Revenge trading is quite possibly the most counter-intuitive, self-destructive behavioral pattern a Forex trader could ever slip into. And yet, so many investors can often find themselves shackled by this seemingly unstoppable compulsion to keep placing trades, even in the depths of a never-ending losing streak.
So what is it within us that just can’t seem to stop this vicious cycle? Are there warning signs to watch out for to catch it before it starts? And what can we do to get out of that harmful headspace once we’re in it?
Why We Do It
The answer is simple: it’s pride, mixed with a hefty helping of stress. No matter how analytical forex traders claim their minds to be, at the end of the day, we must remember that we are all human.
A passionate trader who has opened a position has invested more than just their money. They’ve invested their time, research, and faith, both in themselves and in the markets. So a loss can have a significant impact on us, both psychologically and yes, even physiologically!
What Our Body Goes Through
Cortisol is our body’s stress hormone. And losses, especially sequential ones, can significantly stimulate our cortisol production. This almost instantly compromises our ability to make logical decisions.
Cortisol fuels our anxiety, catapulting us into a state of panic and clouding our judgment. Our brain goes into “fight or flight” mode, and the immediate priority becomes to undo the damage and regain our losses.
This prompts us to place impulsive trades that we have neither thought through nor considered in our larger risk management plan.
How It Keeps Us In
This is where pride comes in.
We can all relate to feeling like we’re failures because we’re “losing” as investors. After all, our business is to invest successfully. So, if we’re technically “failing” at it, it can be difficult not to take personally.
But that type of negativity nurtured by high levels of stress can very quickly snowball out of control, hijacking our entire mental process.
So what ends up happening?
- We drown ourselves in shame and anger, refusing to accept our losses
- We focus on the amount lost, making it our life’s mission to return (or avenge!) what’s gone
- We convince ourselves that it MUST turn around at some point
- We continue to desperately place more poorly thought out trades
Suddenly, we’ve found ourselves deeply inside a vicious cycle of revenge trading and we just can’t seem to stop.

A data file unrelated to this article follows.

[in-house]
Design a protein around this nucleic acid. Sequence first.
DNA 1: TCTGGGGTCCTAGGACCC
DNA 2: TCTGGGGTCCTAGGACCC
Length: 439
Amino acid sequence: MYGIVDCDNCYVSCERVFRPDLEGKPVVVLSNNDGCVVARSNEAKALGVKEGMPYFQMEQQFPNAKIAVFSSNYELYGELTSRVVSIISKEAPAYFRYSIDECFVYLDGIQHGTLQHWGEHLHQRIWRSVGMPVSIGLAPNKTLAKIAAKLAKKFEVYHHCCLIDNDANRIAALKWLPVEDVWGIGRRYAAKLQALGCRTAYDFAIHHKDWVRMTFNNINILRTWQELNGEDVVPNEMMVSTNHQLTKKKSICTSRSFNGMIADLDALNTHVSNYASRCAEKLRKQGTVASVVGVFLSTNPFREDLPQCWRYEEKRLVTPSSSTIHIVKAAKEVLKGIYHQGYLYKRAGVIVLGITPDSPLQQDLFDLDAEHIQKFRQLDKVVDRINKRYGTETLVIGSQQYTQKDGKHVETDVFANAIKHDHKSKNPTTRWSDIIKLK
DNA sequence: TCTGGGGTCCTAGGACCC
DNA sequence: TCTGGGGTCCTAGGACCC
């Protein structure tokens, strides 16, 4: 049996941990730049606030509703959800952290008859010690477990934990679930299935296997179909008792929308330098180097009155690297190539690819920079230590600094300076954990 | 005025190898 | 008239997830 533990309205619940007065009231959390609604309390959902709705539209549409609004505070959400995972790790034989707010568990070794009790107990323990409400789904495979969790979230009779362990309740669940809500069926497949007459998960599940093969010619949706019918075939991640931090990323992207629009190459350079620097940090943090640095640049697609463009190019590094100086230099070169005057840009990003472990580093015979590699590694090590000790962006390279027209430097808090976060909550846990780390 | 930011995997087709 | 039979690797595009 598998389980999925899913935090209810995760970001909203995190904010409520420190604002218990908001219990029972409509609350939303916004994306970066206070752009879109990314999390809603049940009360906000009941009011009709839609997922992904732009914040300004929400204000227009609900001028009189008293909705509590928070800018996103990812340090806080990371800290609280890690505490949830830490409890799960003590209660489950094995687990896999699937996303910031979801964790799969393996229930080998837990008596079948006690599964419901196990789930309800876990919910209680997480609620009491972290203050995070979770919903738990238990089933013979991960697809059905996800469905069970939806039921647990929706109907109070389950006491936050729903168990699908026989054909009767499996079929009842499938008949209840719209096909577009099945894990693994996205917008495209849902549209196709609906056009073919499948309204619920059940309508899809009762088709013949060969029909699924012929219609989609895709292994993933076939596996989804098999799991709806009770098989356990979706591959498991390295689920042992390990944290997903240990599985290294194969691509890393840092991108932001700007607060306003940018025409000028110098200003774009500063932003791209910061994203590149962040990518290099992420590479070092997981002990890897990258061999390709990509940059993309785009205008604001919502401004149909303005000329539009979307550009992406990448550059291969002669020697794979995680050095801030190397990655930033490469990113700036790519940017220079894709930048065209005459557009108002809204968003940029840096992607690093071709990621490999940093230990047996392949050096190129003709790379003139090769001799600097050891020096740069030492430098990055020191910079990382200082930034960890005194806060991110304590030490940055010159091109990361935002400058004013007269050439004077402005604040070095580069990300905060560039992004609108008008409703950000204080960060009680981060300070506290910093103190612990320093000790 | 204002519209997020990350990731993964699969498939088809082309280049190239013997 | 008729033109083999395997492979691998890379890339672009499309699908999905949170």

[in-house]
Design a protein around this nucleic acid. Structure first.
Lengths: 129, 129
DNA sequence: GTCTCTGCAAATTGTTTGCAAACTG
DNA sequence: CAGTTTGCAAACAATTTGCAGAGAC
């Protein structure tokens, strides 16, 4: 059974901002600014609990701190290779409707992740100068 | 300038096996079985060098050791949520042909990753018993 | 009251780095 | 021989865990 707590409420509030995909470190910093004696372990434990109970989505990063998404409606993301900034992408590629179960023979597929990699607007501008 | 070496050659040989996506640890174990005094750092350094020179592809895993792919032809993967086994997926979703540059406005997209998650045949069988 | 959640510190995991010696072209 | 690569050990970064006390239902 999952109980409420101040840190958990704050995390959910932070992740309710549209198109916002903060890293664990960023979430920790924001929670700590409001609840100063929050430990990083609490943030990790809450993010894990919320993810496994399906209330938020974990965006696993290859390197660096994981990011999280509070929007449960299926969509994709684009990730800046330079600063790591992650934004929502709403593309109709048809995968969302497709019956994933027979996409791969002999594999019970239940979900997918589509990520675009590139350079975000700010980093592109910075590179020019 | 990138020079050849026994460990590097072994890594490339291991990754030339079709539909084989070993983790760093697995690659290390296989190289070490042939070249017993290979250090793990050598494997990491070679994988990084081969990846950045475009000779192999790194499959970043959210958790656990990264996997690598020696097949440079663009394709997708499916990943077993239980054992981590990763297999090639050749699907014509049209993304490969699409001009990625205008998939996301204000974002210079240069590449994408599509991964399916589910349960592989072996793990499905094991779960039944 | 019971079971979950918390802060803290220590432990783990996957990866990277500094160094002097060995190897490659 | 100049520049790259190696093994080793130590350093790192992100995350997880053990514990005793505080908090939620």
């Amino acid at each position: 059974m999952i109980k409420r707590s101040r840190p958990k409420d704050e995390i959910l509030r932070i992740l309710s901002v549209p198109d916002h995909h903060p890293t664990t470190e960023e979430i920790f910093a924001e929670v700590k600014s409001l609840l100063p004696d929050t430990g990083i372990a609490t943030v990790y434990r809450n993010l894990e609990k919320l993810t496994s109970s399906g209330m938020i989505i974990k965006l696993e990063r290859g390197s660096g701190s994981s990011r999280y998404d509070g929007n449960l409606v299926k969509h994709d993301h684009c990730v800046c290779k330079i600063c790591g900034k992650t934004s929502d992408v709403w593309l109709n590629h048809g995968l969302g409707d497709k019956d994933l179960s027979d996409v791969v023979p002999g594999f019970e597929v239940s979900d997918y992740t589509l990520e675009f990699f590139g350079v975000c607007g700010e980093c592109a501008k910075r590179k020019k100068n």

But fear not, traders! There is a way out before you considerably damage your equity!
How to Get Out Once You’re In
The most important thing to do when you’re in a cycle of revenge trading is to recognize that it is happening!
If you’ve experienced one too many losses in the Forex market recently, stop and write down the thoughts running through your head and the emotions you are feeling.
- Are you feeling stressed, anxious or angry?
- Do you feel panicked and itching for a quick win?
- Are you questioning your abilities as an investor or jumping from one opportunity to the next?
- What was the real strategic reason behind the placing of your last trade?
If you answer yes to any of the questions above, or have no logical answer for the last one, then you MUST step away.
Find activities that will pull you away from the computer IMMEDIATELY and reset your brain. Some investors get some exercise or go for a meal, others meditate or go for a drive.
Once you’ve calmed yourself, it’s time to think of a game plan. You can do any and all of the following:
- Halt all trades until you reassess your trading strategy! This means doing more research, tweaking the strategy accordingly and perhaps testing it out on an MT4 demo account before re-investing your money.
- Employ the use of wealth managers who will manage your money until you’ve sufficiently worked on achieving a healthy trading psychology.
- Peruse around for a trader you vibe with to copy on a social trading platform or seek a good trading signal provider.
Remember that having an emotional response is not wrong. We aren’t robots! Embrace it, familiarize yourself with it and most importantly, swiftly recognize when it becomes a destructive emotional habit and respond to it correctly.